Led Zeppelin – Olympia 1969 (no label)
Olympia 1969 (no label)
L’Olympia Theater, Paris, France – October 10th, 1969
Good Times Bad Times / Communication Breakdown, I Can’t Quit You, Heartbreaker, Dazed And Confused, White Summer / Black Mountainside, You Shook Me, How Many More Times
Olympia 1969 is another silver release of the recently broadcast October 10th concert. Like the Wendy Paris Olympia 1969, this was taped off of the radio when it was broadcast on Europe 2 in early December. The sound quality is excellent, and this version includes the commentator speaking at various points throughout the show with no attempt by the label to remove it. It sounds very close to Wendy, but the remastering is very gentle on this one and the high end is not so harsh on the ears. This release is an extremely enjoyable listen and a pleasant surprise. This tape was also a surprise when it was announced for broadcast since its existence was known, but the tape was thought lost until it was re-discovered in the middle of 2007. It also isn’t known if this is all that was taped or if the rest of the show, which some say includes “Moby Dick” was also taped and are still sitting in the vault. It is said they played for an hour and a half leaving a half hour still unaccounted. More likely than not they also played “What Is And What Should Never Be” since that was a regular inclusion in the set. The set list as it appears in the radio broadcast also differs from the list reported in the latest edition of The Concert File, which places “You Shook Me” before “White Summer” followed by “Dazed And Confused.”
The period between Zeppelin’s appearance at the Texas Pop Festival over Labor Day weekend and their Royal Albert Hall show in January, 1970 has truly come into sharper focus in the past decade. We can now be sure that they played three shows in Holland on October 3rd, 4th, and 5th with the last being at the famous Concertgebouw in Amsterdam, the music all with the best acoustics. These were played before Paris and the Lyceum show in London on October 12th. This is their second of three appearances in the French capital in 1969, with the first on June 19th for “Tout En Scene” and the final a private show at L’Ecole Centrale Chatenay-Malabry on December 6th, their final live appearance of the year. It would be great if all those shows surfaced, but at least we now know about them. And with the Olympia tape, there is the most clear record of what the band sounded like in the latter part of the year. And that can be characterized as being very loose on stage. Even though “Heartbreaker” is the only new song, it is played tight and with a heavy echo on the guitar during the middle solo part of the number.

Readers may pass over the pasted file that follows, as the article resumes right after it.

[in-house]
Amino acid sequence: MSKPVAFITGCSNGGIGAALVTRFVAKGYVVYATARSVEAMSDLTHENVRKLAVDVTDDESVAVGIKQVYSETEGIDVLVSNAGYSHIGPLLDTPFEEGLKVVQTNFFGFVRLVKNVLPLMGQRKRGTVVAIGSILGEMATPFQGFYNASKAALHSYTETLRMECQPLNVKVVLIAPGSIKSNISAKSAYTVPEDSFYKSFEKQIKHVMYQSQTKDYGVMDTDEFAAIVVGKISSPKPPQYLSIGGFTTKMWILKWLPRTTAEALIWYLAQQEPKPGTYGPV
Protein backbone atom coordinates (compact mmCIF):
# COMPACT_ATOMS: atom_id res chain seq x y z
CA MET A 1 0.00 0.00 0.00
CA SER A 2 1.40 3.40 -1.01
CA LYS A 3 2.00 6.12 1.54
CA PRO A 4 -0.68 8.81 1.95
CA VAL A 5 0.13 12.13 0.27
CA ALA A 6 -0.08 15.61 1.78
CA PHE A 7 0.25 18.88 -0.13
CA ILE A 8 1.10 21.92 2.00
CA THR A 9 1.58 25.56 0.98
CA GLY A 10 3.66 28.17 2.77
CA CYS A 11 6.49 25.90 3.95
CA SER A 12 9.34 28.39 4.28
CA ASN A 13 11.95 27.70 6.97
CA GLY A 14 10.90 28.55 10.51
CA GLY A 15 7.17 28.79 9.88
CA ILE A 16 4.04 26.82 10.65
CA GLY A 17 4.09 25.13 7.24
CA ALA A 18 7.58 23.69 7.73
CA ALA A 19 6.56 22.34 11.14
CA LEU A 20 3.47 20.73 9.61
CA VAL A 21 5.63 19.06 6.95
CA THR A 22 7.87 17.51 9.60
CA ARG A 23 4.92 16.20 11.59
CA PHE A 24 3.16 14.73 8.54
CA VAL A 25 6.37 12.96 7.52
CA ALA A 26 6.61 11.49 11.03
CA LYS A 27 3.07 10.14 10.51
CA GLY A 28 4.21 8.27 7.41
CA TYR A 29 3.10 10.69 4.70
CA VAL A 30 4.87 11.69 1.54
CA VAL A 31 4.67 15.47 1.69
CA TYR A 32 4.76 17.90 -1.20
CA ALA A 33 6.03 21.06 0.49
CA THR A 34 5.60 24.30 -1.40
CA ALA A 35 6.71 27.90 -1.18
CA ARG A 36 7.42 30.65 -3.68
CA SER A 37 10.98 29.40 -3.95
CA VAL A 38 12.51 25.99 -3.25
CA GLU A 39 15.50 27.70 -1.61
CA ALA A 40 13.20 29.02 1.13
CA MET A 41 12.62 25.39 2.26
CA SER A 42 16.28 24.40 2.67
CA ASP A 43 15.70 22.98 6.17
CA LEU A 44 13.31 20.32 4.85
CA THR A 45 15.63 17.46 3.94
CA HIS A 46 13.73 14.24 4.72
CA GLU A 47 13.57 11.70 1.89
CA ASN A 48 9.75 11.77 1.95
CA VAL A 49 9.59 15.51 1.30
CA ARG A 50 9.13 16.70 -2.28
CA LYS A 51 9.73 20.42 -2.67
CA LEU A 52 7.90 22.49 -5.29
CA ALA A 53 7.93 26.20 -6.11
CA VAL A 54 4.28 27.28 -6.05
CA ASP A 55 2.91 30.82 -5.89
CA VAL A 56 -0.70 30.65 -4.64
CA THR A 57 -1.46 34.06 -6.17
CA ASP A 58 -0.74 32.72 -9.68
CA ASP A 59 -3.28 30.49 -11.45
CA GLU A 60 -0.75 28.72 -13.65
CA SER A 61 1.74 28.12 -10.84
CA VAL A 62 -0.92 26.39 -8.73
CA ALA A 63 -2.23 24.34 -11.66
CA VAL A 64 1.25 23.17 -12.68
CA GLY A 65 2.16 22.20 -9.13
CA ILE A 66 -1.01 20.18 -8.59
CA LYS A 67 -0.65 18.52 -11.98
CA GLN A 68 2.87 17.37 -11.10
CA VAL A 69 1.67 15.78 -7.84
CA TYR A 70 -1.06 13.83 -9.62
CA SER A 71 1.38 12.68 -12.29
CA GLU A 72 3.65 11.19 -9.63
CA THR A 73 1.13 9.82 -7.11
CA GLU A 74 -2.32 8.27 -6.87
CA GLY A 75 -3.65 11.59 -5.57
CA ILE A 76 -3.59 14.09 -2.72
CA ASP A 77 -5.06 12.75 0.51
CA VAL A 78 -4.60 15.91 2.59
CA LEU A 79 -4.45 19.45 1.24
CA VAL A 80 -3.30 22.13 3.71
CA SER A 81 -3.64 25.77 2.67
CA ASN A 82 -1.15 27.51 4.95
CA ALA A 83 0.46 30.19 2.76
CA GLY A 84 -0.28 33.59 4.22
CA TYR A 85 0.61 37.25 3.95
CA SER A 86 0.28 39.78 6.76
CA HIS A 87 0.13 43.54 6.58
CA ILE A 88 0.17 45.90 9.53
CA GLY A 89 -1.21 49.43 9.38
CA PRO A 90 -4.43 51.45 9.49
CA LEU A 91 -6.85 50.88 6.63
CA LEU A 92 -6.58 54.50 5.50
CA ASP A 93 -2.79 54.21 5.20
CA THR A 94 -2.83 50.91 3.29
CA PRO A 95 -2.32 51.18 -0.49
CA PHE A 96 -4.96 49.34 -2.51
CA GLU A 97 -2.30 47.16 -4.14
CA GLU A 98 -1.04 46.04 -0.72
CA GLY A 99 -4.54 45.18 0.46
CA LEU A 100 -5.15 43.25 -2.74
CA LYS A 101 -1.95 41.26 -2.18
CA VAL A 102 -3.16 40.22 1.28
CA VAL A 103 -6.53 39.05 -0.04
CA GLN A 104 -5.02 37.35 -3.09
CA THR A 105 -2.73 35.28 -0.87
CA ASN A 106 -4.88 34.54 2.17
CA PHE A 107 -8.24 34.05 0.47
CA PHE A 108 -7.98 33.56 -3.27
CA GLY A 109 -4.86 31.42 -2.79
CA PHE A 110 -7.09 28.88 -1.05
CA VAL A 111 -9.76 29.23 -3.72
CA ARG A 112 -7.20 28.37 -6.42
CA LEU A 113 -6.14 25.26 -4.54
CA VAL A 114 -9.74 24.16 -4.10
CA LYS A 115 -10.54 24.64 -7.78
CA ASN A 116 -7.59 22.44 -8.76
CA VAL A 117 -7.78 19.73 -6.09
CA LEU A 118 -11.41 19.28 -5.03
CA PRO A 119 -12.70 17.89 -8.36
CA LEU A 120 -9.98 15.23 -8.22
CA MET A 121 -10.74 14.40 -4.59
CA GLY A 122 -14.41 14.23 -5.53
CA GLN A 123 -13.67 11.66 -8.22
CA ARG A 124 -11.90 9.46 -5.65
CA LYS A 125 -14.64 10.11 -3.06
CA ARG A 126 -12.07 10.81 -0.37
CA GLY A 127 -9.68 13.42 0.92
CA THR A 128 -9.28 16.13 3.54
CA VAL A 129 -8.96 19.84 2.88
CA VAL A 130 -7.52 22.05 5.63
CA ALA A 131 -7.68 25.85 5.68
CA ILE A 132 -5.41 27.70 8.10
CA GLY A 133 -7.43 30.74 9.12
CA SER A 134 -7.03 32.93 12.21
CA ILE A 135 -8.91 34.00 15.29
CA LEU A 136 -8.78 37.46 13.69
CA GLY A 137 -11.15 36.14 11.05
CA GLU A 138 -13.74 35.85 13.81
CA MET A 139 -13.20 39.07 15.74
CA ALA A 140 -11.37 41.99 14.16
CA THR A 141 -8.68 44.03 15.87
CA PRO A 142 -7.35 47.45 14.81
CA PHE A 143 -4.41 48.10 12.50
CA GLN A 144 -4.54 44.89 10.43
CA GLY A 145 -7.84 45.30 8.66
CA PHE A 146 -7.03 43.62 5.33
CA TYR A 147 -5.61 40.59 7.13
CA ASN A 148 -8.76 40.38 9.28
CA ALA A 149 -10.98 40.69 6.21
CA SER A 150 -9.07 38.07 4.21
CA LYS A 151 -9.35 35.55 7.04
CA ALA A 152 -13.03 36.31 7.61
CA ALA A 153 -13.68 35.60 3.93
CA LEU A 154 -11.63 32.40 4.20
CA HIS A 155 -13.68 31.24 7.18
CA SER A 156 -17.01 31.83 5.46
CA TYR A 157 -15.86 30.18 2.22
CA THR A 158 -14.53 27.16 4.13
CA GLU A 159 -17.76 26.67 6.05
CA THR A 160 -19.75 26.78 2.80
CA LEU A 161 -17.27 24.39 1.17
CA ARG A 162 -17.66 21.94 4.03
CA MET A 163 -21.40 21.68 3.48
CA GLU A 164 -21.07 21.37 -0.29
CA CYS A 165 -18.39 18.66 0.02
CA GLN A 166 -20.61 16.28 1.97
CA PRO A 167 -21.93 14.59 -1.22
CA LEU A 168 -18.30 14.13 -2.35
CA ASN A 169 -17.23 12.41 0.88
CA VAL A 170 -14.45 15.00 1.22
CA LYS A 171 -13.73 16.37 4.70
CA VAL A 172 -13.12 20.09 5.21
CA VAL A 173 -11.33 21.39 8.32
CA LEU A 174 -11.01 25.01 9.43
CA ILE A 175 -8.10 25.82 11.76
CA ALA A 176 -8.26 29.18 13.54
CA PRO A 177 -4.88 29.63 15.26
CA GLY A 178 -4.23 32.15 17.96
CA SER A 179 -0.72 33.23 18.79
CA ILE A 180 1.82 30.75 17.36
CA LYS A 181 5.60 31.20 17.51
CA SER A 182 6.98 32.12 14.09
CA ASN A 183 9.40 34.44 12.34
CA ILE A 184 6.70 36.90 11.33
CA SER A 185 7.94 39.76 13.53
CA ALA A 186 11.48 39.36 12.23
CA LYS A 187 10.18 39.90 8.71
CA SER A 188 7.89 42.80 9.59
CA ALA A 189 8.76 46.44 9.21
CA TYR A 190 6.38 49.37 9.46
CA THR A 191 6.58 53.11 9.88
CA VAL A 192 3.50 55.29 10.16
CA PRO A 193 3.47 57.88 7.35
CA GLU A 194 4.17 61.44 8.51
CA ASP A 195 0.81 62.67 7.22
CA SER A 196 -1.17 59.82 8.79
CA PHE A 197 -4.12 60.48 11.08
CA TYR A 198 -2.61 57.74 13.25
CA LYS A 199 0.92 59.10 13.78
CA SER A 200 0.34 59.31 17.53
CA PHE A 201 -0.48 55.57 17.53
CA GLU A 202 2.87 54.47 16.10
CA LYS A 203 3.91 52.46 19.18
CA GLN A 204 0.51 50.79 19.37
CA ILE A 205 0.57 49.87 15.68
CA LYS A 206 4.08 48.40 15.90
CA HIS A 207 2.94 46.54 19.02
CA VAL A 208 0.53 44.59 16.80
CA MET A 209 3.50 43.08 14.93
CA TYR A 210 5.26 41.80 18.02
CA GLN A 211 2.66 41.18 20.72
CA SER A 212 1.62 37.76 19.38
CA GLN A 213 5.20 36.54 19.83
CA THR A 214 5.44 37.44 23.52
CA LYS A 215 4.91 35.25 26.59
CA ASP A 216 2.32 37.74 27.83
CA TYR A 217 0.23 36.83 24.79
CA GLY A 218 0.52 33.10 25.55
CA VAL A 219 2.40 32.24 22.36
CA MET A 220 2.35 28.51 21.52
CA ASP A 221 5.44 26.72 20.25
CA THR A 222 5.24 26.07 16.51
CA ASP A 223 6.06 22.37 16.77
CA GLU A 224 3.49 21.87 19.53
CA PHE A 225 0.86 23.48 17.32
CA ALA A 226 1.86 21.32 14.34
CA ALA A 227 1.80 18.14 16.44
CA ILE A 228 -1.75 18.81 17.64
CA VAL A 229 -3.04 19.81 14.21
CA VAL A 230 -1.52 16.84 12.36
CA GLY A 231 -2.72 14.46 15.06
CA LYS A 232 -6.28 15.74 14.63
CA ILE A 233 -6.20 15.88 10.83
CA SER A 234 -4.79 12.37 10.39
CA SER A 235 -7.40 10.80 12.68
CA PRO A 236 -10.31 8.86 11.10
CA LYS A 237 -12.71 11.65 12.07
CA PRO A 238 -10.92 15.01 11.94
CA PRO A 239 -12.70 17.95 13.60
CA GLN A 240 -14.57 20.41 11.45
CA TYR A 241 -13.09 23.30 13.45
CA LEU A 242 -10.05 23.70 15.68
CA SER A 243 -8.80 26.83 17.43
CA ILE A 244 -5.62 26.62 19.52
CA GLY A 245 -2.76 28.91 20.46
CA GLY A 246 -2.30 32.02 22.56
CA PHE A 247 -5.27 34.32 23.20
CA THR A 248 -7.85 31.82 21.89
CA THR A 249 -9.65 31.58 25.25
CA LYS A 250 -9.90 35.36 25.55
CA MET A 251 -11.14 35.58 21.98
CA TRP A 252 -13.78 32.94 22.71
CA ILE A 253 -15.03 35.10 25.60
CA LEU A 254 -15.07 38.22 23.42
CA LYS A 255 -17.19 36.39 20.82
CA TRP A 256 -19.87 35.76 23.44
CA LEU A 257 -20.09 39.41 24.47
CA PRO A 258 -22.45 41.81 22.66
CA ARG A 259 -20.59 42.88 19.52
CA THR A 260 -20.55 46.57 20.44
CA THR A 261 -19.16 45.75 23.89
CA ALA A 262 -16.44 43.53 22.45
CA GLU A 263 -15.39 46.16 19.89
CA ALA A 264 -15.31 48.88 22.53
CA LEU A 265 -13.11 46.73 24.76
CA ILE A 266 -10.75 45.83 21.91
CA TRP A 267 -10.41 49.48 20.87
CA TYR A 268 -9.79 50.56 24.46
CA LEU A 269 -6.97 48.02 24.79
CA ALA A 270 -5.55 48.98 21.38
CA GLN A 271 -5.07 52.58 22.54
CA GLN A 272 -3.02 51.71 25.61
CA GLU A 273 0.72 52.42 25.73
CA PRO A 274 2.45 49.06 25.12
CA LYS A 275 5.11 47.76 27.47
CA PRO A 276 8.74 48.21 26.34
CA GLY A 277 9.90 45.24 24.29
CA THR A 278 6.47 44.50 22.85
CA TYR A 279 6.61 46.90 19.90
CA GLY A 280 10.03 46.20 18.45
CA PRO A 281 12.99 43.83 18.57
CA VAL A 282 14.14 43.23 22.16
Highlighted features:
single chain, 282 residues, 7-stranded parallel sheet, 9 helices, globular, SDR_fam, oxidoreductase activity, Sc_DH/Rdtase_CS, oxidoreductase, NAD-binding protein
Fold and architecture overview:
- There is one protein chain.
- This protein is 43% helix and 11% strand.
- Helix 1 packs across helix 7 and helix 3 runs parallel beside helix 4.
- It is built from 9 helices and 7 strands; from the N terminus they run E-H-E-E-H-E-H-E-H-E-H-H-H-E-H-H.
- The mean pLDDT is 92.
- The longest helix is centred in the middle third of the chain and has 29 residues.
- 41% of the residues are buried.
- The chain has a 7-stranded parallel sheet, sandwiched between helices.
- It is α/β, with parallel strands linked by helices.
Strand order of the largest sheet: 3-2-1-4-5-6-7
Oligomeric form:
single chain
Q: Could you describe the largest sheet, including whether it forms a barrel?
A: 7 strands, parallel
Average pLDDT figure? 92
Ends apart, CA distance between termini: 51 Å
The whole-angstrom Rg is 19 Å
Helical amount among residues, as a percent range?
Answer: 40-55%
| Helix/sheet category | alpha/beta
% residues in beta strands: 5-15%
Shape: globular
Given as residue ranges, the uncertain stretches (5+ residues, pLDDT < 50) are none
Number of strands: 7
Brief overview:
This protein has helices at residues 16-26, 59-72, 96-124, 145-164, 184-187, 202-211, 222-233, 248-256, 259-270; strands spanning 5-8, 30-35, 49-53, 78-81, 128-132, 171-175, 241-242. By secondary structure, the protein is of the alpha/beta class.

“You Shook Me” must count among the heaviest versions on record with Bonham keeping time with a sledgehammer on his drums. This sound would remain in the set list, in one form or another, for the next couple of years before being abandoned. But the best is the long improvisation during “How Many More Times.” By this time it had already been expanded into a long, distinct medley of oldies, but they really don’t follow any rules in this concert. Page makes some vague references to Holst and The Yardbirds, and Plant is trying hard to shake up the audience with suggestive lyrics and obscure inside jokes. Maybe Plant is seeking revenge for the tepid reaction they received in the summer, but it is said that Zeppelin were not as well received in France as in other countries. Maybe this is the reason why it took Zeppelin more than three years before they returned to the capital? Nevertheless this is a phenomenal show in great sound quality despite the announcer speaking throughout the performance. Olympia 1969is packaged in a single jewel case with several photos from the period on glossy paper inserts. It isn’t receiving as much circulation as the Wendy, EV and Tarantura versions of the show which may make this very hard to find in the future. (GS)If you liked this review, buy me a cup of joe. (Suggested: $3 a shot or $7.5 for a double)Led Zeppelin - Olympia 1969 (no label),